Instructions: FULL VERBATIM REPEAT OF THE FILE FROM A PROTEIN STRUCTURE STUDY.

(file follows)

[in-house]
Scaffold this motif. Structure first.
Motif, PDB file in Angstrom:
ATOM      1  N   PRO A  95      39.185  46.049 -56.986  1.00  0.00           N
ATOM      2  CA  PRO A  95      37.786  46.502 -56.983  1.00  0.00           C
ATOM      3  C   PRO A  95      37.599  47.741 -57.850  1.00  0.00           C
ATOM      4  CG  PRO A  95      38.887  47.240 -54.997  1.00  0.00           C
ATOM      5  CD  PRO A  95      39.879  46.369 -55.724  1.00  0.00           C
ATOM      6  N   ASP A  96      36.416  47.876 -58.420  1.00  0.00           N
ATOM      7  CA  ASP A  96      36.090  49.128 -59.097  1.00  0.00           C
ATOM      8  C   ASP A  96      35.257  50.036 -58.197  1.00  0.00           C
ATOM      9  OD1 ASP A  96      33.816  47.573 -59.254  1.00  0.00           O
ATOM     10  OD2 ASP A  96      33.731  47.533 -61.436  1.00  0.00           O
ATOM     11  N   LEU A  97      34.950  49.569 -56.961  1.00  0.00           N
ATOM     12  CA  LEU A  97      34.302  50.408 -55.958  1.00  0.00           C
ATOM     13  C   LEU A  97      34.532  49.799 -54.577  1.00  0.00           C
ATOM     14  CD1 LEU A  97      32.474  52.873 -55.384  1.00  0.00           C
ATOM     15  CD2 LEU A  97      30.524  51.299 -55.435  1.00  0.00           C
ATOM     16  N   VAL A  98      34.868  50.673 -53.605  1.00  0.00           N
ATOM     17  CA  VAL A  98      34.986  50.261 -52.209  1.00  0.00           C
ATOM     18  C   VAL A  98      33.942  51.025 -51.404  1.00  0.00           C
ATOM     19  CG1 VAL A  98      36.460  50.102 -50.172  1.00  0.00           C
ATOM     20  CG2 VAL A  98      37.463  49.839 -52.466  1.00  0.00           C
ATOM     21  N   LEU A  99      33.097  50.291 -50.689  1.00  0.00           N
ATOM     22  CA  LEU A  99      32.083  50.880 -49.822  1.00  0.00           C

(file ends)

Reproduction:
[in-house]
Scaffold this motif. Structure first.
Motif, PDB file in Angstrom:
ATOM      1  N   PRO A  95      39.185  46.049 -56.986  1.00  0.00           N
ATOM      2  CA  PRO A  95      37.786  46.502 -56.983  1.00  0.00           C
ATOM      3  C   PRO A  95      37.599  47.741 -57.850  1.00  0.00           C
ATOM      4  CG  PRO A  95      38.887  47.240 -54.997  1.00  0.00           C
ATOM      5  CD  PRO A  95      39.879  46.369 -55.724  1.00  0.00           C
ATOM      6  N   ASP A  96      36.416  47.876 -58.420  1.00  0.00           N
ATOM      7  CA  ASP A  96      36.090  49.128 -59.097  1.00  0.00           C
ATOM      8  C   ASP A  96      35.257  50.036 -58.197  1.00  0.00           C
ATOM      9  OD1 ASP A  96      33.816  47.573 -59.254  1.00  0.00           O
ATOM     10  OD2 ASP A  96      33.731  47.533 -61.436  1.00  0.00           O
ATOM     11  N   LEU A  97      34.950  49.569 -56.961  1.00  0.00           N
ATOM     12  CA  LEU A  97      34.302  50.408 -55.958  1.00  0.00           C
ATOM     13  C   LEU A  97      34.532  49.799 -54.577  1.00  0.00           C
ATOM     14  CD1 LEU A  97      32.474  52.873 -55.384  1.00  0.00           C
ATOM     15  CD2 LEU A  97      30.524  51.299 -55.435  1.00  0.00           C
ATOM     16  N   VAL A  98      34.868  50.673 -53.605  1.00  0.00           N
ATOM     17  CA  VAL A  98      34.986  50.261 -52.209  1.00  0.00           C
ATOM     18  C   VAL A  98      33.942  51.025 -51.404  1.00  0.00           C
ATOM     19  CG1 VAL A  98      36.460  50.102 -50.172  1.00  0.00           C
ATOM     20  CG2 VAL A  98      37.463  49.839 -52.466  1.00  0.00           C
ATOM     21  N   LEU A  99      33.097  50.291 -50.689  1.00  0.00           N
ATOM     22  CA  LEU A  99      32.083  50.880 -49.822  1.00  0.00           C